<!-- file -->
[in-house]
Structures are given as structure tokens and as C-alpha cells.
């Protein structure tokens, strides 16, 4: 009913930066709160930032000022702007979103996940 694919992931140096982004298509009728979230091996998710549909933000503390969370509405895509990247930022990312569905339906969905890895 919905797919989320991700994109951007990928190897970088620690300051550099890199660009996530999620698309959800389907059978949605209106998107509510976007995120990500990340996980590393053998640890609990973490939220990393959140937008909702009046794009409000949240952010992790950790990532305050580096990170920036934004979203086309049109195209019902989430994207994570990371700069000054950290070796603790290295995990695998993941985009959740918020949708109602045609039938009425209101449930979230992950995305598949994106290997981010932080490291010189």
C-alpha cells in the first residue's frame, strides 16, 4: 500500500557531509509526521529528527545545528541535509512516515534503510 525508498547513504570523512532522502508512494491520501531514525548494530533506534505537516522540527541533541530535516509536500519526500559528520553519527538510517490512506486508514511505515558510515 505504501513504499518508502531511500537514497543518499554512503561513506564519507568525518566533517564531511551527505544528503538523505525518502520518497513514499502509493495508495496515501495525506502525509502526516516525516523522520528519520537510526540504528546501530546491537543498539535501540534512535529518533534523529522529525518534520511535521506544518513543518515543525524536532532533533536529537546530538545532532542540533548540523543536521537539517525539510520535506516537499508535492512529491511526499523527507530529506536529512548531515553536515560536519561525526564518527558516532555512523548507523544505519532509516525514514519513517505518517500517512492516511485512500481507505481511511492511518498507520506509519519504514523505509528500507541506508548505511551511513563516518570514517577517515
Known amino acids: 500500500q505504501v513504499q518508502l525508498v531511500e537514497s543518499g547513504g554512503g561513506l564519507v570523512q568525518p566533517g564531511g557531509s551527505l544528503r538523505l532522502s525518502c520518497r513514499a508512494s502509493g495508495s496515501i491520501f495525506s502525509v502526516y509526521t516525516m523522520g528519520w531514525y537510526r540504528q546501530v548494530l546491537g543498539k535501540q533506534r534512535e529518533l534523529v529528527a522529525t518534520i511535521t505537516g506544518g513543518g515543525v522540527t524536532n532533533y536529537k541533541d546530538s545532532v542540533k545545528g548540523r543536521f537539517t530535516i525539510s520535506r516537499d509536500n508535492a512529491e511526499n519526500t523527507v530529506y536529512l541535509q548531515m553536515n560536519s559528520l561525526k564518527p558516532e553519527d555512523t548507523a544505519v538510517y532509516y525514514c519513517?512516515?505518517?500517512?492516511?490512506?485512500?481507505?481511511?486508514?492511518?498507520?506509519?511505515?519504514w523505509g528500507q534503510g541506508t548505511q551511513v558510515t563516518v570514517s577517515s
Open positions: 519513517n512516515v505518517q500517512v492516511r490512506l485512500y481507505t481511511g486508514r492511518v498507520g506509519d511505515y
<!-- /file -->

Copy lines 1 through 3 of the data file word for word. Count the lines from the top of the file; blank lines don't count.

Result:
[in-house]
Structures are given as structure tokens and as C-alpha cells.
């Protein structure tokens, strides 16, 4: 009913930066709160930032000022702007979103996940 694919992931140096982004298509009728979230091996998710549909933000503390969370509405895509990247930022990312569905339906969905890895 919905797919989320991700994109951007990928190897970088620690300051550099890199660009996530999620698309959800389907059978949605209106998107509510976007995120990500990340996980590393053998640890609990973490939220990393959140937008909702009046794009409000949240952010992790950790990532305050580096990170920036934004979203086309049109195209019902989430994207994570990371700069000054950290070796603790290295995990695998993941985009959740918020949708109602045609039938009425209101449930979230992950995305598949994106290997981010932080490291010189």